Above, another garden in Oakland, as seen from the dining room.


Contrast those images with what regular, nonFling tourists see, which I discovered during a seven-hour mostly-walking tour that I took the day before the Fling started.  Above is the iconic Lombard Street with its hydrangea-filled switchbacks.  It’s all maintained by a burned-out banker-turned-gardener who’s paid $1k/month plus free housing on the street by the other residents.


Here’s one of many “parklets” I saw around town.  They’re parking spots converted into mini-parks where passers-by can have a seat.  Apparently other cities are liking what they see here in SF and copying the concept.


And some fabulous murals.

San Fran7

Okay, these last shots have nothing to do with gardening.  They’re of the Pride Parade, which proceeded just yards away from our hotel, the very week that Prop 8 and DOMA were overturned, and it’s San Francisco, after all, so how could I miss it?  So I blew off two gardens in favor of the parade…and I wasn’t the only Flinger who did.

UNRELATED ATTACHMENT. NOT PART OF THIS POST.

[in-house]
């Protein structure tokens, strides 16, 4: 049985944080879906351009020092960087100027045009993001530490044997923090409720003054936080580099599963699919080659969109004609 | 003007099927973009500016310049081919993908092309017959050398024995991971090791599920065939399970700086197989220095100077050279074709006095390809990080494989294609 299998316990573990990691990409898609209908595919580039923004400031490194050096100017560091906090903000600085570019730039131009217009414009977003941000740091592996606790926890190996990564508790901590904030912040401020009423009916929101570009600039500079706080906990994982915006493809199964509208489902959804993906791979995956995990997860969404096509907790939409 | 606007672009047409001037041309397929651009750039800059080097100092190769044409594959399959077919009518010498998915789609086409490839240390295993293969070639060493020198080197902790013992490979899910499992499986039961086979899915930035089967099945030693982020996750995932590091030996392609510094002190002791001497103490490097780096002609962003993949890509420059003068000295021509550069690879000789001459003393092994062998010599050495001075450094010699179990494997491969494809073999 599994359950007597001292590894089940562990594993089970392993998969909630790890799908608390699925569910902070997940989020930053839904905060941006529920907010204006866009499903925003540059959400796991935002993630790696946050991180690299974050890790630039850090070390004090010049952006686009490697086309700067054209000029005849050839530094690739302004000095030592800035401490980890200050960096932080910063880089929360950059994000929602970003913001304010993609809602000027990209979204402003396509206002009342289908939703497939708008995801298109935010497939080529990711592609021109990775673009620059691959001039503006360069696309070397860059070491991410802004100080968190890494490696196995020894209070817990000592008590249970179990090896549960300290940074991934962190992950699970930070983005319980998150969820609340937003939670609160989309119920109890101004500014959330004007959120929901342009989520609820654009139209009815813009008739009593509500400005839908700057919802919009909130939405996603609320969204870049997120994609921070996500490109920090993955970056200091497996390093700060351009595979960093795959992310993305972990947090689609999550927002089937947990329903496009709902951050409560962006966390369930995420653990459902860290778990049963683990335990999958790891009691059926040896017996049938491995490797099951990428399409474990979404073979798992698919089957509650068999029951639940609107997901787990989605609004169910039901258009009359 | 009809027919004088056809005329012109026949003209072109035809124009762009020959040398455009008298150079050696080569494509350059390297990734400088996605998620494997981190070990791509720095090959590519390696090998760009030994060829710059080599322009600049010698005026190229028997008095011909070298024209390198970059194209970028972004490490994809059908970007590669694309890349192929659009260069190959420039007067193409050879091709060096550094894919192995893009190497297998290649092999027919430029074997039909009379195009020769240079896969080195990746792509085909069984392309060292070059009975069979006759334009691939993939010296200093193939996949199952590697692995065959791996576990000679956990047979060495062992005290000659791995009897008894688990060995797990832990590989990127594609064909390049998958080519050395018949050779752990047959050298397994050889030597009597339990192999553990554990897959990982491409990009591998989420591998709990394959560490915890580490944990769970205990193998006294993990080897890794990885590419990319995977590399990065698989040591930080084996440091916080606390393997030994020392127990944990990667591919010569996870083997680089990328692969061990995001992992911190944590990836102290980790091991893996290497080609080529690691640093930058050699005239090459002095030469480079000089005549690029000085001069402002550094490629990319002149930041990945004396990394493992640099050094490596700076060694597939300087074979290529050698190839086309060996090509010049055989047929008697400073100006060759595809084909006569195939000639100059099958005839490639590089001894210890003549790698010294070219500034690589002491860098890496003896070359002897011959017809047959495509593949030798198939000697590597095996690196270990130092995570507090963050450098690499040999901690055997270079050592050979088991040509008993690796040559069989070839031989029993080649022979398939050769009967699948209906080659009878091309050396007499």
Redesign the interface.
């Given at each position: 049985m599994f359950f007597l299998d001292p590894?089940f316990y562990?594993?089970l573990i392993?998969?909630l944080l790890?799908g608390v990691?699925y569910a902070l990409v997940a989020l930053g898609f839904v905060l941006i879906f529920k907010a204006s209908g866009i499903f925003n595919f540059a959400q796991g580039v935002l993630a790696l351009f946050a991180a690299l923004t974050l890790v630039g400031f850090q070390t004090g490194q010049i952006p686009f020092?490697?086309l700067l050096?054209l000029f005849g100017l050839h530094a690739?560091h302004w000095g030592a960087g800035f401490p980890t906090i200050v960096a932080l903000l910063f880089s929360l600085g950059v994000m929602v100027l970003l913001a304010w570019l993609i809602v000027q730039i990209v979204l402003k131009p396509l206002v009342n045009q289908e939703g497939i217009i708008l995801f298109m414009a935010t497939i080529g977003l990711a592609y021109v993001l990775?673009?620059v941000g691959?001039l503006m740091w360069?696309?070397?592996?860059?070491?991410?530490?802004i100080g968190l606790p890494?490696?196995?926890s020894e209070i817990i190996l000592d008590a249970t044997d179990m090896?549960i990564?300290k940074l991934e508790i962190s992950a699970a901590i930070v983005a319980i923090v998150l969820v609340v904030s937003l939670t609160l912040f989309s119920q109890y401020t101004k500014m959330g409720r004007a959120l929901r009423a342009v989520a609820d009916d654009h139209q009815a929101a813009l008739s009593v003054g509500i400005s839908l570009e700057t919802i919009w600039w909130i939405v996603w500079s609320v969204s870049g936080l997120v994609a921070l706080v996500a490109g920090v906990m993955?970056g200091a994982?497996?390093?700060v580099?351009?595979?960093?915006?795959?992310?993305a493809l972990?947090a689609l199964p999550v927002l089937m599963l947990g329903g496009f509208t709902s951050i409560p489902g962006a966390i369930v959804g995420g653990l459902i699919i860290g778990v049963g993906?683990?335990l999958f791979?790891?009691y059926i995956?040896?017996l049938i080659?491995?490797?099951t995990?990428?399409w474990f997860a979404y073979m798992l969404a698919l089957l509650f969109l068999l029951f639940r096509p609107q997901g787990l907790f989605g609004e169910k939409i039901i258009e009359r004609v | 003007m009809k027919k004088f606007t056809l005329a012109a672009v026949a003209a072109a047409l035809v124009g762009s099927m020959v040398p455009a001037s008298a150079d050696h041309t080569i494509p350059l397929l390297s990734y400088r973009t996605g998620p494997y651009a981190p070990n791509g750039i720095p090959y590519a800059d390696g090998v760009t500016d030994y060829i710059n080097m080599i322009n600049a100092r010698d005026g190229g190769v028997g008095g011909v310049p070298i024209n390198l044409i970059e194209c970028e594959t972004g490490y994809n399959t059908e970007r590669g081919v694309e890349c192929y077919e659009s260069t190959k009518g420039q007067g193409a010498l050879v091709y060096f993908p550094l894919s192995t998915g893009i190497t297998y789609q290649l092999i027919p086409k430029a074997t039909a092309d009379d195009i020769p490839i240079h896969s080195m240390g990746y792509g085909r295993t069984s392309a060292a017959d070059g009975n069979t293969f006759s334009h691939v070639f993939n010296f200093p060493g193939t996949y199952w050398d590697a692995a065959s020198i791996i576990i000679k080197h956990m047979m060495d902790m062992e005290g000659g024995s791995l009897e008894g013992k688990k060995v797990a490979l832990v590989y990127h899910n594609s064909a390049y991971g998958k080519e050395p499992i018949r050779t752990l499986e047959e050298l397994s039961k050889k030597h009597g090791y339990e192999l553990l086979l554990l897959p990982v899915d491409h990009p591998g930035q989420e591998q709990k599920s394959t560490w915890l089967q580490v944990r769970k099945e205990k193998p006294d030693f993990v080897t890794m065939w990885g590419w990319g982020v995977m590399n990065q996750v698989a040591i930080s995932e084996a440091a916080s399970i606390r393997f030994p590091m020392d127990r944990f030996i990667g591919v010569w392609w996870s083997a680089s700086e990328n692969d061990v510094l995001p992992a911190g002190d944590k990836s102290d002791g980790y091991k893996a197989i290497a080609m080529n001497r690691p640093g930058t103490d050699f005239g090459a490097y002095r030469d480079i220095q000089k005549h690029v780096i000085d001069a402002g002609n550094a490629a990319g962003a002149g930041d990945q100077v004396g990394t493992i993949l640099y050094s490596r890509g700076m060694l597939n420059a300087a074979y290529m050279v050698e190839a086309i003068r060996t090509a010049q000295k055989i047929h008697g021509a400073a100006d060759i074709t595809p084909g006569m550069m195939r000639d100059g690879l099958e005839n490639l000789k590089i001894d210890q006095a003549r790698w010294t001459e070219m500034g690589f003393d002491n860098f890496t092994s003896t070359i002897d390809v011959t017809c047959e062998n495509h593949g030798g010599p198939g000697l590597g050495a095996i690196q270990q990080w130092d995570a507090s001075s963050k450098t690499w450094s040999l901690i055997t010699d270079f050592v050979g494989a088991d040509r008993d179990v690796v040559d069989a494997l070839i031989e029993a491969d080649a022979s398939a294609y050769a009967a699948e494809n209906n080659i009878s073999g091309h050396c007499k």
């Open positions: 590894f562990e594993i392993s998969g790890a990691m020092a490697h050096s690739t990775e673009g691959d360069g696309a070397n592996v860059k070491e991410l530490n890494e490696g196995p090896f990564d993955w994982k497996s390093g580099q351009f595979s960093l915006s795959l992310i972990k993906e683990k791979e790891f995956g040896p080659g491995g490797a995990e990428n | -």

San Fran6

My fellow Parade-goers were Ryan Schmitt, Lorene Edwards Forkner and Clint Albin.  On the right is your everyday clothing store mannequin.


Five of the Supremes made an appearance.  Their recent majority opinion was the dominant theme in the parade, which included the actual plaintiffs in the case against Prop 8, and dozens of “just married” couples, many in full wedding regalia.  Pretty darn moving.

Final thought

If you’re a gardenblogger, DO treat yourself to a Fling.  You’ll see fabulous gardens and even better, make friends from across North America and England who share your passion.  Next year the Fling moves to Portland, OR and in 2015 it’ll go east to Toronto.


  1. I’m glad you got to go to the parade as well as the Fling – what a result. I learnt lots of little things as well and I think that is what is so great about the Fling that you pick up tips from gardens, gardeners (I had a quick lesson in pruning Jasmine at one garden) and flingers.

  2. Gardening can be a very solitary occupation, so one of the greatest benefits of going to the Fling is getting to meet so many other garden bloggers from all over. And even if you’re in a totally different climate than your own and looking at plants you can’t grow, there are still lessons to be learnt from the plants and the gardens. Going to flower and garden shows with their indoor, under-theatrical-lights gardens just cannot compare to seeing real gardens.